W3C home > Mailing lists > Public > public-html@w3.org > February 2012

Re: Revert Request

From: Charles Pritchard <chuck@jumis.com>
Date: Wed, 01 Feb 2012 11:54:55 -0800
Message-ID: <4F29988F.6050504@jumis.com>
To: Jonas Sicking <jonas@sicking.cc>
CC: Laura Carlson <laura.lee.carlson@gmail.com>, Silvia Pfeiffer <silviapfeiffer1@gmail.com>, Sam Ruby <rubys@intertwingly.net>, Paul Cotton <Paul.Cotton@microsoft.com>, Maciej Stachowiak <mjs@apple.com>, HTML WG <public-html@w3.org>
On 2/1/12 11:44 AM, Jonas Sicking wrote:
>> >  It's completely non-backwards compatible, as hidden really does hide things,
>> >  it takes them right out of several trees.
>> >
>> >  That's the biggest issue. Regardless of ease of use or merit, it's too big
>> >  of a departure from how all of the browsers out there currently work. It's
>> >  too much work on AT vendors.
> I can only speak to how AT interact with Firefox. The AT software do
> not dig into the firefox layout trees directly, instead there is a
> special tree of objects specifically created for AT tools. This means
> that to make rich content work in display:none and @hidden content
> there are no changes required to change AT software, only Firefox
> needs to be changed.

Yes, browsers implement a separate "accessibility tree".

Currently, "hidden" means hidden, for both non-sighted and sighted user.
That's intentional.

A site using the proposed @hidden semantics would be fundamentally 
different than a site using the old @hidden semantics. And that's 
something an AT would have to cope with.

Some ATs do walk the DOM.
display: none items have no CSS box, which means many events are disabled.

We've been working hard on Canvas to handle a special case where items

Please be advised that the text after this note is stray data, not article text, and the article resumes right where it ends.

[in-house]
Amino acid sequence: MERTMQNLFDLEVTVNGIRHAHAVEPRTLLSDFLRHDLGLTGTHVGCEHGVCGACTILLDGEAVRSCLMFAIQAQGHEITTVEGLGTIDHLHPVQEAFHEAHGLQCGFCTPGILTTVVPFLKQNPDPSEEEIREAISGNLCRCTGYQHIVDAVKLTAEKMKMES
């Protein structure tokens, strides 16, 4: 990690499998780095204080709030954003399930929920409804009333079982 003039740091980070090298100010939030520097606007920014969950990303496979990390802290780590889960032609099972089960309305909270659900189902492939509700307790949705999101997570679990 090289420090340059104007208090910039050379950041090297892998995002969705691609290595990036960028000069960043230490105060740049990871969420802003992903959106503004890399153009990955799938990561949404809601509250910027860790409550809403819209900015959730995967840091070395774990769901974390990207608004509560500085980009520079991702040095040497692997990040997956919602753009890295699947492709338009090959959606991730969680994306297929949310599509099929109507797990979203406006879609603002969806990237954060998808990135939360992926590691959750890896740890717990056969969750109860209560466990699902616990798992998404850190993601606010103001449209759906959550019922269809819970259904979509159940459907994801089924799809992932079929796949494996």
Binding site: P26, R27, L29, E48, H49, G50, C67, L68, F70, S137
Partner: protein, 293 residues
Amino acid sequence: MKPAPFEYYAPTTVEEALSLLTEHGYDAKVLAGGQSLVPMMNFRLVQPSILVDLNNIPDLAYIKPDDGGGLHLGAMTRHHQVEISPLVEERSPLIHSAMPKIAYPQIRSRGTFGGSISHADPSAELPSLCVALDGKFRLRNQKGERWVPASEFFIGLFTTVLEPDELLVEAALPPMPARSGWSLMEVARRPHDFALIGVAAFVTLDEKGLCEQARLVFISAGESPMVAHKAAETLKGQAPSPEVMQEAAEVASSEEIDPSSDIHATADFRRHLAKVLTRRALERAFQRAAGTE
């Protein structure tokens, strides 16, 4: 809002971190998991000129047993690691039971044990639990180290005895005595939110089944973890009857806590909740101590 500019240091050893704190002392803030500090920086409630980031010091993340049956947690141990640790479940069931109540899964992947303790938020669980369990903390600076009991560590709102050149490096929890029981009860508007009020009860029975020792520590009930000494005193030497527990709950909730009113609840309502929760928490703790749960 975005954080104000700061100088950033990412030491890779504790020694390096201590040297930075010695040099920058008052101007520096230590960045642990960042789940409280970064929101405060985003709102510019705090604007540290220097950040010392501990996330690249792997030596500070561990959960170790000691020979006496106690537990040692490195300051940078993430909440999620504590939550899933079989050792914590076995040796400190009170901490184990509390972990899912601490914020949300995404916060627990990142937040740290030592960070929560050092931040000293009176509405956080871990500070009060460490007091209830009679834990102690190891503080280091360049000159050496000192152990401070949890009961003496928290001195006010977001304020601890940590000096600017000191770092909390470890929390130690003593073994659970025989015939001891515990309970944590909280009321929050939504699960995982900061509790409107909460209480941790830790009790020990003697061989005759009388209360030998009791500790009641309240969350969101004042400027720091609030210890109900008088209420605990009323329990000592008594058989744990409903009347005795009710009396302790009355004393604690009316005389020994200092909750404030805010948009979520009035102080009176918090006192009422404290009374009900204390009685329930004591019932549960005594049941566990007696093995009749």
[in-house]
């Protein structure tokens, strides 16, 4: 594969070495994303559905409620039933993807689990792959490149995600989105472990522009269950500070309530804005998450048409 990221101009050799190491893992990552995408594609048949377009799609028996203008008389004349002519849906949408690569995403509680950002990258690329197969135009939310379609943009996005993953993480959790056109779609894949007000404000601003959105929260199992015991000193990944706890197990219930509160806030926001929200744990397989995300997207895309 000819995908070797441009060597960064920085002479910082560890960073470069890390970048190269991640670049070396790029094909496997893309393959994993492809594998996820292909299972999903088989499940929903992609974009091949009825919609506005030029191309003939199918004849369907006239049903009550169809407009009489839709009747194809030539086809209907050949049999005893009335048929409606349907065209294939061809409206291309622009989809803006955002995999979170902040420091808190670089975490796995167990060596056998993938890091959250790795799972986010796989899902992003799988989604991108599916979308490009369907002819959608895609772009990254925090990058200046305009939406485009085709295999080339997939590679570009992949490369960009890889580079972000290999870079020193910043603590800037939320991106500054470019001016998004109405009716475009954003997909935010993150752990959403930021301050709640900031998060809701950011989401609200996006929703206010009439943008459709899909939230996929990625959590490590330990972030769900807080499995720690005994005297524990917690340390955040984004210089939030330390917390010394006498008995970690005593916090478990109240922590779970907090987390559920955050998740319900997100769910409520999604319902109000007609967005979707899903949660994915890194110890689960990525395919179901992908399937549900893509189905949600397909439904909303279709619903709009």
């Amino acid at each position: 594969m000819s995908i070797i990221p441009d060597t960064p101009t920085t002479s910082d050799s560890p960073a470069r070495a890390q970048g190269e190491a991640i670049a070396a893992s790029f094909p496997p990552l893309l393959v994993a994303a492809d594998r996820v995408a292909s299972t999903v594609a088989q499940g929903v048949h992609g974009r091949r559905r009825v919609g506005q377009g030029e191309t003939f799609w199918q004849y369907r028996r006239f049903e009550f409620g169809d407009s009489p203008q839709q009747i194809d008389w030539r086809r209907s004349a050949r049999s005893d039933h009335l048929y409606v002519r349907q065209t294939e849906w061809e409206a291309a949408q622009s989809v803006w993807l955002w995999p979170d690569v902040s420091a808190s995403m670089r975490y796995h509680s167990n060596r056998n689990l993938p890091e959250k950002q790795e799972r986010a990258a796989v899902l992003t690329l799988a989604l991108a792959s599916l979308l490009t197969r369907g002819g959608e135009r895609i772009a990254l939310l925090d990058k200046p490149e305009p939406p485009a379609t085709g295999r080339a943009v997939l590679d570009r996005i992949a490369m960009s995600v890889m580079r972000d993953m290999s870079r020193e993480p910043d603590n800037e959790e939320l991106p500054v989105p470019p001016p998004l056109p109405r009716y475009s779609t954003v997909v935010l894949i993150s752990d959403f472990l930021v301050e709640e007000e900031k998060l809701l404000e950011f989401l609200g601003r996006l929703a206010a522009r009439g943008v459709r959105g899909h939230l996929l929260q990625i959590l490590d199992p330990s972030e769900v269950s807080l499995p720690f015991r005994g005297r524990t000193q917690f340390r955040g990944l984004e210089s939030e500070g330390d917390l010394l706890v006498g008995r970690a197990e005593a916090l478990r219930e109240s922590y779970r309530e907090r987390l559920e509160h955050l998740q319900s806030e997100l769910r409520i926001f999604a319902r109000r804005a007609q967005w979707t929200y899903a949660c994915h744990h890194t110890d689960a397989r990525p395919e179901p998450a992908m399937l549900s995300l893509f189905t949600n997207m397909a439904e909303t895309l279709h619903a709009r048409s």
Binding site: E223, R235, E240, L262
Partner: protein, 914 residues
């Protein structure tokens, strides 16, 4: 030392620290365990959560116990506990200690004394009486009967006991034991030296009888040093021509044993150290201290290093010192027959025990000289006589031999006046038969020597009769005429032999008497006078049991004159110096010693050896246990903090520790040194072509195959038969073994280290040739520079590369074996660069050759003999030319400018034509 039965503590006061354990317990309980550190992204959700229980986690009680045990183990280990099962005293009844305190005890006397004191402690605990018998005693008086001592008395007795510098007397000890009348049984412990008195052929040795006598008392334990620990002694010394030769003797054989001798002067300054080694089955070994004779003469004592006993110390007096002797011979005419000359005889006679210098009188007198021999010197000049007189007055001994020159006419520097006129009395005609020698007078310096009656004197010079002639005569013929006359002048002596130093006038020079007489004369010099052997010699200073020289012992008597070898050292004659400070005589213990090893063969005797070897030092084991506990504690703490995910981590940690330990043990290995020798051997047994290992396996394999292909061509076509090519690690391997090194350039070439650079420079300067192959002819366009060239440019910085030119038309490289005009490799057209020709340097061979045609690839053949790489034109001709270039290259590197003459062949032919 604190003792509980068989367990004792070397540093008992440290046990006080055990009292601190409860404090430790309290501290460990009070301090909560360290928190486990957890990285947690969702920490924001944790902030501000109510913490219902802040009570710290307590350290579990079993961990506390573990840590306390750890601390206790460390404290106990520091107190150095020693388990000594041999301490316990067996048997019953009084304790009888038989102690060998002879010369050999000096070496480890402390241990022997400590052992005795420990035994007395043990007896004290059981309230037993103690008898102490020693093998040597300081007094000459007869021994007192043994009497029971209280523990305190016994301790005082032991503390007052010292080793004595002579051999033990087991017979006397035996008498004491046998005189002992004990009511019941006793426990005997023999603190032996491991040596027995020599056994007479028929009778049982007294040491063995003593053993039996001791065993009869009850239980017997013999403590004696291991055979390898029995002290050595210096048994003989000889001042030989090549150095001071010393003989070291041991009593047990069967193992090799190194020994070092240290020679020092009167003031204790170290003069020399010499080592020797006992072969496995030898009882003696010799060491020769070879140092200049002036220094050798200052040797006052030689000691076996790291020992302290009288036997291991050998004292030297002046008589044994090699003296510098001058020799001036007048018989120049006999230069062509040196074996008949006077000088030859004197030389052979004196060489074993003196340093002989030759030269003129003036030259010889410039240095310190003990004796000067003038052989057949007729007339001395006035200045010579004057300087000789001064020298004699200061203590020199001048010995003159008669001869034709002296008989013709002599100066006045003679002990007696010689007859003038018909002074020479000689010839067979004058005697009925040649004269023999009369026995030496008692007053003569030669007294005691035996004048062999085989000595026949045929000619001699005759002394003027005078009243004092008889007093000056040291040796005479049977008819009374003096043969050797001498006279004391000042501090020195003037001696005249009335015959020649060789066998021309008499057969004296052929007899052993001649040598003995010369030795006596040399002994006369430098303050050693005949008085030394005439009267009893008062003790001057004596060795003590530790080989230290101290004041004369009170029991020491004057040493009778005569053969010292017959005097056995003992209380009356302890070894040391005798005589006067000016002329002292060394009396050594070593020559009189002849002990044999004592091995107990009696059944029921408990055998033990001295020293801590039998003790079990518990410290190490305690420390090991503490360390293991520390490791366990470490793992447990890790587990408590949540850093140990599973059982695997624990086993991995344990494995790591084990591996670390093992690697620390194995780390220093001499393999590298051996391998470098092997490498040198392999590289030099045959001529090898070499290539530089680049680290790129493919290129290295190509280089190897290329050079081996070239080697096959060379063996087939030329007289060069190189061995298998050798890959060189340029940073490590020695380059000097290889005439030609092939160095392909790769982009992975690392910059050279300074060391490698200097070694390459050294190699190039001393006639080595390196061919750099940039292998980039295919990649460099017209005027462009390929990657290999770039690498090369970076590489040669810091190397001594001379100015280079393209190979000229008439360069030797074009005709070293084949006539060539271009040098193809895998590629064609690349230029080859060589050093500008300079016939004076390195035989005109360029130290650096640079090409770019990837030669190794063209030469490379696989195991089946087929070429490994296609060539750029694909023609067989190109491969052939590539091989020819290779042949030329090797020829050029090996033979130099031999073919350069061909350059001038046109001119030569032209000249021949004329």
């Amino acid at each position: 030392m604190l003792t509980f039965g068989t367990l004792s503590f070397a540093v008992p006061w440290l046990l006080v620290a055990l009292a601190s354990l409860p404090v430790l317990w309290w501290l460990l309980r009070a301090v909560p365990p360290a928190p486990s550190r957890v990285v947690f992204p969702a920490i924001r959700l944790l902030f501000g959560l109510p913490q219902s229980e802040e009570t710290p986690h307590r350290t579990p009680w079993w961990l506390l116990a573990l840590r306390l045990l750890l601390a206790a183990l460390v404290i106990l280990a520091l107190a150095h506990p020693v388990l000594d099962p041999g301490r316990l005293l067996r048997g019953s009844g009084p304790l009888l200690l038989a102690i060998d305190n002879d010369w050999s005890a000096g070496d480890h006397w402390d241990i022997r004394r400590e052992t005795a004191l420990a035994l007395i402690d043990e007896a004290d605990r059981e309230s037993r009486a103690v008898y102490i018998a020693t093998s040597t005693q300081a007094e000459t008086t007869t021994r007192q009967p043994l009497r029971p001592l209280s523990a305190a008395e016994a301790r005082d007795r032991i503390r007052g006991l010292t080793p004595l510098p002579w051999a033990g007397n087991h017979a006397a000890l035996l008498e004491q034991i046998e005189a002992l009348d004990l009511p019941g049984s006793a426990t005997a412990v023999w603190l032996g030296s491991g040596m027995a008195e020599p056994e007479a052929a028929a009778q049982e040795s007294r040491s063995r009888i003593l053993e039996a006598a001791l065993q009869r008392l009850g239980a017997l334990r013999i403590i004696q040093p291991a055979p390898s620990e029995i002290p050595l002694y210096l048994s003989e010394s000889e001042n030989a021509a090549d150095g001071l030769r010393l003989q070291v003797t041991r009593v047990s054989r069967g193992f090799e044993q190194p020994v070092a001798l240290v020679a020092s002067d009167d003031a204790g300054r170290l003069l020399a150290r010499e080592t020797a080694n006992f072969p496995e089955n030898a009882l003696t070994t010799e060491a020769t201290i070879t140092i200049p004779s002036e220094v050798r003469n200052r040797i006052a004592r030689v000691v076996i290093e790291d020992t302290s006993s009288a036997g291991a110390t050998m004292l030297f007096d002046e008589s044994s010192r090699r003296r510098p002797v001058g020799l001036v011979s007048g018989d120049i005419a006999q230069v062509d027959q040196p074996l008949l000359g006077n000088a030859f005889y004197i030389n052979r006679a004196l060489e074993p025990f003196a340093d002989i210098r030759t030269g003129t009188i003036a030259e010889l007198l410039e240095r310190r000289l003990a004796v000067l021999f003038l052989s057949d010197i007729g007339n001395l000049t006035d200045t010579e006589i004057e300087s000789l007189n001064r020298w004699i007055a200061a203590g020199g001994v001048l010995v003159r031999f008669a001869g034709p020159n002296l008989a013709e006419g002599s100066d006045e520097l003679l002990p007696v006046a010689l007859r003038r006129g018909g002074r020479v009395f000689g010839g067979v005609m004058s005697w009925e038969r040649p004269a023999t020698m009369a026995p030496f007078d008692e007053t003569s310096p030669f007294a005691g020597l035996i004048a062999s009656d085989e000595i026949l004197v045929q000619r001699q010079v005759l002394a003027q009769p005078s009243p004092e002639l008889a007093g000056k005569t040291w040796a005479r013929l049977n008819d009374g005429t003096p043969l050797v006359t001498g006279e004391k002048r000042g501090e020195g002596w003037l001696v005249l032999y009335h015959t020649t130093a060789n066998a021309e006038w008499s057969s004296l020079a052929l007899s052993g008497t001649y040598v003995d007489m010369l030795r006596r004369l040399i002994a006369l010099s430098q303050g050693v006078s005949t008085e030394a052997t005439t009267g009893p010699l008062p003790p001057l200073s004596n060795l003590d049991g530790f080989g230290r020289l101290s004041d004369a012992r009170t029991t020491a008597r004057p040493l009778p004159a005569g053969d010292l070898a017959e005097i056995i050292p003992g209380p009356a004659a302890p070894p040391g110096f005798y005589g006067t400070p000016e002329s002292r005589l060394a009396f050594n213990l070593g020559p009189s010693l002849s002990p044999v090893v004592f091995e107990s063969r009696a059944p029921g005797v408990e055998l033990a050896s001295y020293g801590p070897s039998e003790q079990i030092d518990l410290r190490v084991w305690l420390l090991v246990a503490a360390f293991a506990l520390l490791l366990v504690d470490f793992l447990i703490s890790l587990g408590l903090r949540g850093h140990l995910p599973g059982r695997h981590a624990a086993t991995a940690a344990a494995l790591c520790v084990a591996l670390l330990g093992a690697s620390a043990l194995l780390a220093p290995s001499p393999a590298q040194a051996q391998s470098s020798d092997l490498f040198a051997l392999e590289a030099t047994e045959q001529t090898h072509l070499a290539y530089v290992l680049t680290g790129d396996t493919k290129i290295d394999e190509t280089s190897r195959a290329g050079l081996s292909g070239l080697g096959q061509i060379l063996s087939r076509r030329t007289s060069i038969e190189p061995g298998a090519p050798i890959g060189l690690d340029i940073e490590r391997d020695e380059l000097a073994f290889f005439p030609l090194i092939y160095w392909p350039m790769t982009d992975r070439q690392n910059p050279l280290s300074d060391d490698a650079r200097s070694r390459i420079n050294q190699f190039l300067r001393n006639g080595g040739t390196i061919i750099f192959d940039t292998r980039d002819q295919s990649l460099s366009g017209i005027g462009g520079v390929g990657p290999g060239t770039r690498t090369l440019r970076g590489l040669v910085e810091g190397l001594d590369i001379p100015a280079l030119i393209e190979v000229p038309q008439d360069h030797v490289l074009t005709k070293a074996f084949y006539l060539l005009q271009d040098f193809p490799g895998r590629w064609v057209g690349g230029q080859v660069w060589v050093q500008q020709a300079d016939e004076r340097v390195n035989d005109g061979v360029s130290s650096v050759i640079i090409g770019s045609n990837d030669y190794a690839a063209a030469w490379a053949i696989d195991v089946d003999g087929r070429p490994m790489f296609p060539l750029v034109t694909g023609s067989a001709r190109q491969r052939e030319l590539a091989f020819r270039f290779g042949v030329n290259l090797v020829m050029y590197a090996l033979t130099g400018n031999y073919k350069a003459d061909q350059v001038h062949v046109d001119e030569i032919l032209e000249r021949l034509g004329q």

are not marked display: none, but they lack CSS integration.
It's been several years now with Canvas, that it's taken to build a 
consensus. And that's not even crossing through to changing display: 
none semantics.

Those are some reasons why this @hidden thing is a huge battle.

It's really far more appropriate to do @hidden via alternate CSS 
stylesheets.
In that manner  @media alternative {} and @media screen {} might have 
two different visualizations.

And while that's certainly an option, it's not something that requires 
any change in the current display: none semantics.

> Hence, the parties that we are asking to be changed here is not AT
> software but rather browsers. So far I have not heard browser claim
> that this is a too hard change to make.

Yeah, you're hearing the claim from authors and a11y experts instead.
There's a reason for that.

> All I hear is people trying to keep status quo and worried about
> suggesting any changes to any software, rather than see what solution
> would lead to the best accessibility.

I assure you, the a11y experts commenting on this thread have been 
working in accessibility for a long time.
Yes, they are conservative, trying to keep some things the same. That's 
because there is structure around those things.

It would be nice if we could just turn on microdata, or just use ARIA, 
and everything would just work.

But that kind of viewpoint only works for forward-thinking browser vendors.

For the rest of us, we're aware that people are still using IE6, that 
not everyone throws away their iPhone to get the newest model, with the 
newest browser; that some people keep their old laptop, which runs just 
fine, but Firefox stopped supporting in version 3; that some people who 
can't afford new computers get old ones via recycling programs. We're 
aware that people use old and existing software, and that's an OK 
situation. That's where WCAG-TECHS comes in.

This is a very different perspective than yours. I'm not asking you to 
change yours. Your perspective (upgrade, it's easy), is perfectly fine. 
I appreciate your perspective. I hope you will appreciate mine.


-Charles
Received on Wednesday, 1 February 2012 19:55:17 UTC

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